wages for the period they had been discharging their  duties.   Since,  they
did not receive any  response  to  the  legal  notice  dated  1.2.2004,  the
private respondents approached the High  Court  of  Punjab  and  Haryana  at
Chandigarh (hereinafter referred to as the 'High  Court')  by  filing  Civil
Writ Petition No.6789 of 2004.  Rather than  examining  the  merits  of  the
controversy, the High Court by its  order  dated  27.04.2004,  required  the
State Government to take a decision on  the  legal  notice,  issued  by  the
private respondents.  It is therefore, that the District Education  Officer,
Nawanshahr (hereinafter referred to as the  'DEO')  passed  an  order  dated
04.4.2005, declining the claim of the private  respondents.   A  perusal  of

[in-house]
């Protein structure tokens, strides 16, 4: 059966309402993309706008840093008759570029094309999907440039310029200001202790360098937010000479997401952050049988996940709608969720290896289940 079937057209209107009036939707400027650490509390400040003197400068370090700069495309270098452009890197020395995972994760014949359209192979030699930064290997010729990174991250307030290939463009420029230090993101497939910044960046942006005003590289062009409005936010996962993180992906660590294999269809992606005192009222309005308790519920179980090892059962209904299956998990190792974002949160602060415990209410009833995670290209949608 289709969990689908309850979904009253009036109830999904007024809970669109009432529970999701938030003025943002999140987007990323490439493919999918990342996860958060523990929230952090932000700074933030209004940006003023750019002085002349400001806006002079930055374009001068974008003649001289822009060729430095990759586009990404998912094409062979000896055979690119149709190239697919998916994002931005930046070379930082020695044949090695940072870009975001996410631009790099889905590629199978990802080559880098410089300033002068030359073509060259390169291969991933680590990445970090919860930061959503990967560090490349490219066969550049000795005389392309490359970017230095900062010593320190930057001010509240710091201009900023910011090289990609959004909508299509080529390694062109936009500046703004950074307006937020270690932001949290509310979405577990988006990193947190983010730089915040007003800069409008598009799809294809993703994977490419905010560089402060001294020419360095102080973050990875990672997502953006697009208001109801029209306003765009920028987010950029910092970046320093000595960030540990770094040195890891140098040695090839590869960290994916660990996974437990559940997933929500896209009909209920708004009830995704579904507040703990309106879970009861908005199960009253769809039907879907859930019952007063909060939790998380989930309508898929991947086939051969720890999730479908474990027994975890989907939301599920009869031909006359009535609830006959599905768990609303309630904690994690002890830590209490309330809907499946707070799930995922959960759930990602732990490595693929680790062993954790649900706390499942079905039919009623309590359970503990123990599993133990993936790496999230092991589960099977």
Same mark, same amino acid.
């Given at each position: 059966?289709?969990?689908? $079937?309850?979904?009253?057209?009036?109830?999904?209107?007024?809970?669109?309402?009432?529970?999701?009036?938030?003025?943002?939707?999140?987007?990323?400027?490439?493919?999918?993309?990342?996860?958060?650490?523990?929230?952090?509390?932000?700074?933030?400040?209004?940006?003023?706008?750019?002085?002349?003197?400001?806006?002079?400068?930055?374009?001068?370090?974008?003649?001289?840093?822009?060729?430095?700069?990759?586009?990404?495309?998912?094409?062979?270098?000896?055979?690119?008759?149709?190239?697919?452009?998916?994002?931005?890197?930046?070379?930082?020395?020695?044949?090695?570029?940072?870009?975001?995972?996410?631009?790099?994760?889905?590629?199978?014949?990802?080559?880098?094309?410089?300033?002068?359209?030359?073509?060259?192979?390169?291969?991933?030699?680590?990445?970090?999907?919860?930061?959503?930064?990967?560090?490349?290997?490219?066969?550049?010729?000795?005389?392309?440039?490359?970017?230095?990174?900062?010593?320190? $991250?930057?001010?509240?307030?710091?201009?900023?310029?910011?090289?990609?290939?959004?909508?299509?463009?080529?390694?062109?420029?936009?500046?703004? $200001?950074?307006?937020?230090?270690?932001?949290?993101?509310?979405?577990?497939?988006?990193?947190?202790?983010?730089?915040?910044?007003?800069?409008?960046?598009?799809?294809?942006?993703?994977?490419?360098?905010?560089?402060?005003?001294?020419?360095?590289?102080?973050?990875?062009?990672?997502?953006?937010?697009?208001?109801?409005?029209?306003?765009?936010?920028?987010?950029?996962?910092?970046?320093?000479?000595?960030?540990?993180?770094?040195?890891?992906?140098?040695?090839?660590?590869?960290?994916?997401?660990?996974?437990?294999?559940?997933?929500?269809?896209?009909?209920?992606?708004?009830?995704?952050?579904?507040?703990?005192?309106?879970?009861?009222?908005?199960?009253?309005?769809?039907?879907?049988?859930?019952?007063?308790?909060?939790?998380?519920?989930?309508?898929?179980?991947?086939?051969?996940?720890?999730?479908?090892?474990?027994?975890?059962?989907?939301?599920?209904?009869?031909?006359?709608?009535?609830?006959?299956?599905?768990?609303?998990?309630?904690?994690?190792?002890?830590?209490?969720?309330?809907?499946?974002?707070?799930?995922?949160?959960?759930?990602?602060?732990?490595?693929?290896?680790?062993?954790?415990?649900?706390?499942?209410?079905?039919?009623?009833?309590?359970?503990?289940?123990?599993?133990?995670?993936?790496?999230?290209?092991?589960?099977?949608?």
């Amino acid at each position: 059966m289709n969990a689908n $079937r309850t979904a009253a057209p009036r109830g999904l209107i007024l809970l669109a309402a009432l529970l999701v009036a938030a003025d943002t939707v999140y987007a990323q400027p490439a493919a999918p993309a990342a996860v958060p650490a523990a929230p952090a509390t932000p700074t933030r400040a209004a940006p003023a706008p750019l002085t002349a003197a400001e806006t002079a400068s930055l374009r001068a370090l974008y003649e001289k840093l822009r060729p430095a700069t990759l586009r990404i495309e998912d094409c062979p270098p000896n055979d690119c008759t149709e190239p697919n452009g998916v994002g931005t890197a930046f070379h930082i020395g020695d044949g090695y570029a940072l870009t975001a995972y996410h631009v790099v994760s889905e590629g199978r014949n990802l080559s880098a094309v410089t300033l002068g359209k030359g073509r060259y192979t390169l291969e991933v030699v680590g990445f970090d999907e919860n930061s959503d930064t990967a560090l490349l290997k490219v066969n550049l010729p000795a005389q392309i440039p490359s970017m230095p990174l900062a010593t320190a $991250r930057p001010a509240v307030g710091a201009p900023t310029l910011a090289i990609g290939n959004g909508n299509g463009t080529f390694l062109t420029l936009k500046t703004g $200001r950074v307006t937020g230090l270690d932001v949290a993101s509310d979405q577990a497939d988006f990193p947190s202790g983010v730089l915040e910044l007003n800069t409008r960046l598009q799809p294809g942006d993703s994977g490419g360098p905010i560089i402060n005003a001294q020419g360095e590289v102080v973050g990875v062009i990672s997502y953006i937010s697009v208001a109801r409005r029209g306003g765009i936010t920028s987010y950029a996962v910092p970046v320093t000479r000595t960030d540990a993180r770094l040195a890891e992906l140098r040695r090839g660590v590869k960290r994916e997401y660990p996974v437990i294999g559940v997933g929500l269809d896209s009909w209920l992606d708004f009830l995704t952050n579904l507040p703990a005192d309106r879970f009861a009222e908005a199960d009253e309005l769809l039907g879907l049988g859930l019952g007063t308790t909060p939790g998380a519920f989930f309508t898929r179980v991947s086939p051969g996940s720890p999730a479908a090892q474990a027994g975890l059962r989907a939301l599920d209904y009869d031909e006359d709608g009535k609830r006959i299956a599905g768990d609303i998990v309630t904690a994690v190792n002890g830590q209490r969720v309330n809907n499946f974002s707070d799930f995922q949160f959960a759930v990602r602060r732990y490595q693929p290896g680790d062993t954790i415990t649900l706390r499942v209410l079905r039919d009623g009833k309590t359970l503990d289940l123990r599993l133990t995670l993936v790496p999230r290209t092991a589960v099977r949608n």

the speaking order passed by the DEO, inter alia, reveals, that the  private
respondents  had  been  appointed  in  violation  of  the  statutory   rules
regulating appointments to privately managed  recognised  schools.   It  was
also indicated in the order dated 04.4.2005, that the selection process  was
not  in consonance with  the statutory rules.
            The order passed by the DEO dated 04.4.2005 was assailed by  the
private respondents  before the High Court by  filing  Civil  Writ  Petition
No. 15599 of 2006.  The same came to be allowed by the impugned order  dated
2.7.2007.  A perusal of the impugned order  reveals,  that  the  High  Court
emphatically placed reliance on an earlier  litigation  in  respect  of  the
same selection process, wherein a Division Bench of the  High  Court,  while
disposing of  civil  writ  petition  No.  13979  of  2002  (by  order  dated